Tag Archives: photography tips

Wedding tips- do your homework

Do your homework before you schedule a consultation with any potential photographer for your wedding. Take the time to really think about what you want from your photographer and what sort of images you love to look at. Are you drawn to a particular style of photography? Do you love big bold color and highly posed images or do you like a more soft and natural photograph? Flip through wedding and fashion magazines to get inspired. Spend an afternoon or a week poking around blogs and websites of the wedding photographers in your area. There are many different kinds of photographers out there each with their own style and expertise. The more educated you are the easier it is going to be to narrow the field and find just the right person to document your wedding. If you go into the consultation having thoroughly researched the photographer ahead of time I guarantee you will have a much more productive meeting. It is exciting when you find that person you know you can trust to tell the story your wedding.

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Tips for taking better photos

This past weekend I had the honor of speaking in front of my friends and colleagues during Arizona’s Association of Bridal Consultants state meeting. I wanted to talk about something that non photographers, bridal consultants or anyone would find useful in their own personal life and business. My topic was tips on how to take better photographs. Most of the tips I give can be applied to point and shoot cameras, the key is to really take the time to think about light and composition.

Think about your background
Look at the photograph as a whole when composing your image. Notice ugly and distracting elements behind the subject. If you see a trash can or a palm tree sticking out of the subject’s head you can often easily change the camera angle to eliminate the clutter. Solid colors such as a curtain or blue sky make for a cleaner less distracting background.

Move away from the middle
Take a minute to think about framing the subject in the viewfinder. Often a photograph can be more dynamic when the main subject of your photograph is off to one side rather than always in the middle of the frame.

Take vertical pictures
By simply turning your camera you can change the framing and emphasis. Try taking the same picture both horizontally and vertically to see which way you think looks best.

Use natural light whenever possible/ turn your flash off
Look at where the light is hitting your subject while composing your photograph to find the best camera angle.  Cloudy overcast weather is often better than bright sun because you won’t have as many dark shadows. Remember to use the available light to your advantage such as birthday cake candles or DJ lights. Using the natural ambient light can create more of a mood in a photograph. Window light also makes for beautiful pictures.

Get low
When approaching the subject you want to photograph try shooting the picture from a couple different angels. If you are taking a picture of a floral centerpiece try shooting the picture from the guests eye view. A lot of times just by bending your knees you will see a whole different picture.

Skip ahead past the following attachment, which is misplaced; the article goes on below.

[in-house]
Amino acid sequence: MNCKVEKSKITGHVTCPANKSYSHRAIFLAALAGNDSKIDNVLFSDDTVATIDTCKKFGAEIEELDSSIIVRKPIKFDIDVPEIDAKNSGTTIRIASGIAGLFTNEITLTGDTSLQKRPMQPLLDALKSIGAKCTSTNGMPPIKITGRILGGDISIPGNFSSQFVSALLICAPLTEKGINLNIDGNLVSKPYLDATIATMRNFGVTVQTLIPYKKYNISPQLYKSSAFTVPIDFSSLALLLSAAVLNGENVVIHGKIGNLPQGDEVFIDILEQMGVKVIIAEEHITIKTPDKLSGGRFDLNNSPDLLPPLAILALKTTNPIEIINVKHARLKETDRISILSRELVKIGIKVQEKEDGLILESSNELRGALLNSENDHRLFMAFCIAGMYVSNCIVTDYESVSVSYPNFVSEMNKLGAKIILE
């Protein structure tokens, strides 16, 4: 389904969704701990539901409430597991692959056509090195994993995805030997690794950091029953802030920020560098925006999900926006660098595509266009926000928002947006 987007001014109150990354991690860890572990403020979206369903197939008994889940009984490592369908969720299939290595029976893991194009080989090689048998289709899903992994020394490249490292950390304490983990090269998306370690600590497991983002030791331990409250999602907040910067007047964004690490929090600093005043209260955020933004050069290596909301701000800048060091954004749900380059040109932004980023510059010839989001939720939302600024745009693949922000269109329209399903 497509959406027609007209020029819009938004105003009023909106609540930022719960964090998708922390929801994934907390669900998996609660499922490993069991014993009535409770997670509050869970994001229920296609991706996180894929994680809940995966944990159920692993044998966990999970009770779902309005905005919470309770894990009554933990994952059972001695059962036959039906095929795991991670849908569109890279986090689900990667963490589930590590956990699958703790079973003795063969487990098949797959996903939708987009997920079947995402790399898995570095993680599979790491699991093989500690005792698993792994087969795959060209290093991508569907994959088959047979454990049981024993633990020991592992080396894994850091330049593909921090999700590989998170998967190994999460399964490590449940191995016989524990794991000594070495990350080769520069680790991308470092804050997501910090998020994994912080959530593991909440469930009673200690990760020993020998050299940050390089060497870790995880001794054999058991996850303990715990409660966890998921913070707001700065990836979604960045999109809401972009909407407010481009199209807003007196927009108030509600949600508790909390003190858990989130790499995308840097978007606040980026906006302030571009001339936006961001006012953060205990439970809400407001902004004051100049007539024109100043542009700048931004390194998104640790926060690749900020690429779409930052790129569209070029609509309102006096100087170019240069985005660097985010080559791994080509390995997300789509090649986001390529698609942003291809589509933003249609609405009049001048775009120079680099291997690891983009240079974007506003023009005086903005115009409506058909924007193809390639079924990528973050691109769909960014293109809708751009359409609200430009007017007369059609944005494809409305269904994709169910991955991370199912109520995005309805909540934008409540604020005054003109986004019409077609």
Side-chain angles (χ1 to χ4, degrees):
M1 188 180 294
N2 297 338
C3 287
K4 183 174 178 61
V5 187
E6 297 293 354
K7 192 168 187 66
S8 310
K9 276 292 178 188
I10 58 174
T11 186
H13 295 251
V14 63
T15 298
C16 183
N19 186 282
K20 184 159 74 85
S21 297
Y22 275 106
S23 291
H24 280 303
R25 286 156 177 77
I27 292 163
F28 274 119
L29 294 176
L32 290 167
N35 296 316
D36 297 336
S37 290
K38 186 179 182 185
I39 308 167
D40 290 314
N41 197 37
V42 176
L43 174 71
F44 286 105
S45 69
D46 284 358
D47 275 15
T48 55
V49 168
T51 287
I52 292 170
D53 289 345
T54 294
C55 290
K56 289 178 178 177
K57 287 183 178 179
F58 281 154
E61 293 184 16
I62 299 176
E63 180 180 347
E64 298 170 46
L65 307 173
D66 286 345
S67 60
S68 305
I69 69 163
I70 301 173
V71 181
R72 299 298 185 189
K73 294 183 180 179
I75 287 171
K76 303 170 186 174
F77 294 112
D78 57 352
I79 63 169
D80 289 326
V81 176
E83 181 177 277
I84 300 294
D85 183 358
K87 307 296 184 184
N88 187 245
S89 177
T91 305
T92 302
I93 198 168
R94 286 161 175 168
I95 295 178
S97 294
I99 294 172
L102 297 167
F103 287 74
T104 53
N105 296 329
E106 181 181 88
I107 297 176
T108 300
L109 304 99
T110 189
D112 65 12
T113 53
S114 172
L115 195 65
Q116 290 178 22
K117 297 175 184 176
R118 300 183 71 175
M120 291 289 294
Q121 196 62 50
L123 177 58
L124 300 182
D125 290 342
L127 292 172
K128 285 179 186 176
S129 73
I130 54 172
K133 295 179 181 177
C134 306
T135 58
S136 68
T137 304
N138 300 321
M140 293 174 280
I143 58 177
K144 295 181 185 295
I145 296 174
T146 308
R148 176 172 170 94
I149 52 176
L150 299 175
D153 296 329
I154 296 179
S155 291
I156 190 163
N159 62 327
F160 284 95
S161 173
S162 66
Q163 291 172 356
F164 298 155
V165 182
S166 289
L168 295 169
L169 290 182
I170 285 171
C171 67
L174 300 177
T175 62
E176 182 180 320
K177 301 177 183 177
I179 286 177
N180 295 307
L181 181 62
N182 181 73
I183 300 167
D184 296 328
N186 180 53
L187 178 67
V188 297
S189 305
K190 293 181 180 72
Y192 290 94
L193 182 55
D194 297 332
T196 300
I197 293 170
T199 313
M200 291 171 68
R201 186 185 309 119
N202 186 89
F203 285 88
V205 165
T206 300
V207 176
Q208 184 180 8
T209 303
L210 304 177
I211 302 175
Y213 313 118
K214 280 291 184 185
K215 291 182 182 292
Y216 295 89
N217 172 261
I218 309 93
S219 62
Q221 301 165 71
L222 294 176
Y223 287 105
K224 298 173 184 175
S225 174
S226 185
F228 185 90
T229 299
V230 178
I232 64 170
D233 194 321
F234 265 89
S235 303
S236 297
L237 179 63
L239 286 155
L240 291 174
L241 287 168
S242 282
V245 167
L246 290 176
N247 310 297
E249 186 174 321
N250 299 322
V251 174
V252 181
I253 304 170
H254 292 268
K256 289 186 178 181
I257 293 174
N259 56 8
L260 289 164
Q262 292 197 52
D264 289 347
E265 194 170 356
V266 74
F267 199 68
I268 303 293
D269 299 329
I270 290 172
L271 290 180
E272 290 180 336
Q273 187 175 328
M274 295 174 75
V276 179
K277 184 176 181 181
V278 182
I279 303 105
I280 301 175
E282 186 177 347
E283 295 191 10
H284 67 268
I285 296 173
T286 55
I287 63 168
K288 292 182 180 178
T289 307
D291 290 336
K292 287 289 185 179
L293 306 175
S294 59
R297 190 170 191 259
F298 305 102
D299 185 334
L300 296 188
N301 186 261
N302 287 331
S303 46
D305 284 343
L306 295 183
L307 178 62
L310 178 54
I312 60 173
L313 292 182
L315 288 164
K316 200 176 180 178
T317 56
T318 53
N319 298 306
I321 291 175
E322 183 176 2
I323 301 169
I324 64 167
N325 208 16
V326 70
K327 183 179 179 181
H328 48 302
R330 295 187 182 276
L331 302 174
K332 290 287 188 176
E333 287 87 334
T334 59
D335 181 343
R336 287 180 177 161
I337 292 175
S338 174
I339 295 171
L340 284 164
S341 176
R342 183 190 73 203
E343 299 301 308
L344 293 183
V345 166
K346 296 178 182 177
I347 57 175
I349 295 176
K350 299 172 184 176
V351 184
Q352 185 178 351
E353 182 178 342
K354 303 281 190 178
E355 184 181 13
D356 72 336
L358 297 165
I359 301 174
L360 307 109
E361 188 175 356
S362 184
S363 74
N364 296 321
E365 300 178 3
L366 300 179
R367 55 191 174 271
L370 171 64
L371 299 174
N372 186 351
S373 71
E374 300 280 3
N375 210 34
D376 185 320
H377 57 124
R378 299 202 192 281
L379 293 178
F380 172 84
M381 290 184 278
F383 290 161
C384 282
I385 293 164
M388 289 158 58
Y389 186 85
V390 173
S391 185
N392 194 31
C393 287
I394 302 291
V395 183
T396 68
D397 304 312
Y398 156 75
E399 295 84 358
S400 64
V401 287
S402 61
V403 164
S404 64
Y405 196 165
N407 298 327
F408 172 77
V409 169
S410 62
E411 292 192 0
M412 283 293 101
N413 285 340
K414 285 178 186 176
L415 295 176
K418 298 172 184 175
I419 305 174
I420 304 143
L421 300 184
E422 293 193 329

Turn your pictures black and white
I am assuming most of you are using digital cameras this makes it possible to easily turn any picture from color to black and white. The advantage of black and white images is that when you eliminate color the focus of the image turns to it’s content. Black and white has a classic and timeless look.

Frame your subject
Use elements such as interesting architecture, fountains, Christmas lights, trees etc., to frame the subject. Using these elements can enhance the subject and elevate the frame.

Take time to set up your shot
Don’t be in a rush when taking a picture. Take your time, it might take you a minute to find that perfect angle and lighting combination that will help you best capture your subject. You should also think about getting extremely close to the subject or far away to create the best picture possible.

Anticipate the moment
Get into position when you know a photograph is going to happen. There are certain events during a wedding or party that are predictable so if you want to capture the moment make sure you are in the right place at the right time.

Try selectively focusing
Pick a point in your frame and only allow that one point to be in focus. This technique creates emphasis and a singular focal point. By choosing only one area to be in focus you are telling the viewer what is the most important part of your picture.

Get your flash off the camera
If you have the capability use a handheld flash to create shadows and highlights in interesting places other than directly in front of the lens.

Take a risk
Try a crazy angle or play with your flash settings. You never know what it possible until you take a chance. You might even end up creating a little magic.

Make sure your batteries are charged!
The night before you are going to be using your camera whether to document a wedding you have planned or simply a family gathering, remember to charge your batteries. All your new skills won’t be worth much if you don’t have a functioning camera.

Have fun!